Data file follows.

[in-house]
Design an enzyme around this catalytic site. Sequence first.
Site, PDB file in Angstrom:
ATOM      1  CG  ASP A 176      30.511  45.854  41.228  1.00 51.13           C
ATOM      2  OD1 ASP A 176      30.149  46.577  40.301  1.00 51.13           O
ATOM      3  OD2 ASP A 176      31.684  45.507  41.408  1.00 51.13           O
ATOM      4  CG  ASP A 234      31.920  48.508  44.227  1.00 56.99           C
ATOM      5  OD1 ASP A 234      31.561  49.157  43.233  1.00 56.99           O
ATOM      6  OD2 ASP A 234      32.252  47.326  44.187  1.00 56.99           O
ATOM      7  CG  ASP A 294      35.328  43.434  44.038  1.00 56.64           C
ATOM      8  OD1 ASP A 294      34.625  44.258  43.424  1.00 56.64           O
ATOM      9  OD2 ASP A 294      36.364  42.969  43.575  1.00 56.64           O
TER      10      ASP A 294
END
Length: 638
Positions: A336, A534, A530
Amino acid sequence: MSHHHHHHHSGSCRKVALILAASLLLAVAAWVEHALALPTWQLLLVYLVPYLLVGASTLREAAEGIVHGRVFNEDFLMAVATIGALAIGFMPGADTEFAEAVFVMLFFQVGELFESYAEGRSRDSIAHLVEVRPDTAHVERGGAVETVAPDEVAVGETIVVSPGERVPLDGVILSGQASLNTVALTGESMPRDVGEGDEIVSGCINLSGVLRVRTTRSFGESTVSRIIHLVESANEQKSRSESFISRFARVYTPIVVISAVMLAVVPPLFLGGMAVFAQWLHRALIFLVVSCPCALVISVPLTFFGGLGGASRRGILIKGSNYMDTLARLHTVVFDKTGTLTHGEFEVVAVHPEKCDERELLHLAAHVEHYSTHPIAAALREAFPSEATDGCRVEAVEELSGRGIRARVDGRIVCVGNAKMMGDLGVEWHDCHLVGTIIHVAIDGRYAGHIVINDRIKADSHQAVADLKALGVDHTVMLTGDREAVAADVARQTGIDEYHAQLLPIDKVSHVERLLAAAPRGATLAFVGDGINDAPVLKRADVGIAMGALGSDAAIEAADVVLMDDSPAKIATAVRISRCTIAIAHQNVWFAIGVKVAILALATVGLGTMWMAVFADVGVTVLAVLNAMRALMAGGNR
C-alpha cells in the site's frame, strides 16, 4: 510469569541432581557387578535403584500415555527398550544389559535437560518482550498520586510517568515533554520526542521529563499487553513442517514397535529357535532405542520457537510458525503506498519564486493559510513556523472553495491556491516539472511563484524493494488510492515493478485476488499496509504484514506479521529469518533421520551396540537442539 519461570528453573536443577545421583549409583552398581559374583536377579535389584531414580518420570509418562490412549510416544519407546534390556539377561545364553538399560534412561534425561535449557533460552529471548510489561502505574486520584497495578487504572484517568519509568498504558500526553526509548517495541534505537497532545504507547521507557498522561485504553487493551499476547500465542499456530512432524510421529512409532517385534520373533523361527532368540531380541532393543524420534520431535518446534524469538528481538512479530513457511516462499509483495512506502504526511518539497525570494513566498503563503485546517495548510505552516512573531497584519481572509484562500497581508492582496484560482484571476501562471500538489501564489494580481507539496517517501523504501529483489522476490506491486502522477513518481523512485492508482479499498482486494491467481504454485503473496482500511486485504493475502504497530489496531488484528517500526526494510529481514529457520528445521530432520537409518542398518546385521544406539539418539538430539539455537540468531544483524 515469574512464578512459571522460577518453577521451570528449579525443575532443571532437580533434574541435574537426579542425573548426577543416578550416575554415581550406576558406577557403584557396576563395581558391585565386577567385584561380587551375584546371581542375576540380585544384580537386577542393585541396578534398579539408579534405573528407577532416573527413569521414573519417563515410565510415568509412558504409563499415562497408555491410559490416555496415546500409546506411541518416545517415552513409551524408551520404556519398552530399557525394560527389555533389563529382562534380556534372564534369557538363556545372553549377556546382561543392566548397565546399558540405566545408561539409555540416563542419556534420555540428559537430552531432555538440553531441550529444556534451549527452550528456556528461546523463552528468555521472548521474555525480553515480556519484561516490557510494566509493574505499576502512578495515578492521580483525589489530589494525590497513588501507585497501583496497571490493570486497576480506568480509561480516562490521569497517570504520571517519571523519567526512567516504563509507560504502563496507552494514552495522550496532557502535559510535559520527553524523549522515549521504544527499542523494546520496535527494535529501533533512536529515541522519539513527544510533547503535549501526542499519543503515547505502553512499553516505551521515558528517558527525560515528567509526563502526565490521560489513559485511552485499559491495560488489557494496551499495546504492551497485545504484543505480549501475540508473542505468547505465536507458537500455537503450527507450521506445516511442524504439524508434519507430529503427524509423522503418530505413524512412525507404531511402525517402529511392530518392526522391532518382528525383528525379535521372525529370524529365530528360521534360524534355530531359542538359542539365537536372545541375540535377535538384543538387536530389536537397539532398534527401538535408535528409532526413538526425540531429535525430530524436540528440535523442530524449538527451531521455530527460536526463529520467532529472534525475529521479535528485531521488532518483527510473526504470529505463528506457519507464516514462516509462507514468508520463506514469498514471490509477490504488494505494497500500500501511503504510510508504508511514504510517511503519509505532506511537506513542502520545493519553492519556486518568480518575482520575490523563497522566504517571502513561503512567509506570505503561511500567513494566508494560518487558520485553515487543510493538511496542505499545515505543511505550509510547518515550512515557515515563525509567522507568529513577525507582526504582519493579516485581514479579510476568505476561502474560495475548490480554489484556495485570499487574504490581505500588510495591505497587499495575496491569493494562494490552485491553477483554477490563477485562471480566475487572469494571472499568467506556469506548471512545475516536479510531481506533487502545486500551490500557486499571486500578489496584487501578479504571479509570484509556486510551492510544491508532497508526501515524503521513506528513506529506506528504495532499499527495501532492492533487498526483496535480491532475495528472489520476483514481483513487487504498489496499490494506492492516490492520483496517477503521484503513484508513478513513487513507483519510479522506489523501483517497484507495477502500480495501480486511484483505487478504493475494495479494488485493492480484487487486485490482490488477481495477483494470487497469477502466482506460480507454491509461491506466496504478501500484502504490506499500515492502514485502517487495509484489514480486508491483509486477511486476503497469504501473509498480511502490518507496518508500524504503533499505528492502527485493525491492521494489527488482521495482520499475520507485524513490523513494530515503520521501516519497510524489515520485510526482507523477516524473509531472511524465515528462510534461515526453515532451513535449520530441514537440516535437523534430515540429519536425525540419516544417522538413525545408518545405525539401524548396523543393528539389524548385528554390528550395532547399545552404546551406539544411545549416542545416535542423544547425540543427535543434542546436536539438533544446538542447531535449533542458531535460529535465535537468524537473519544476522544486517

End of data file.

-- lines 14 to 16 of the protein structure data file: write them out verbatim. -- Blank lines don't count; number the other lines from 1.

END
Length: 638
Positions: A336, A534, A530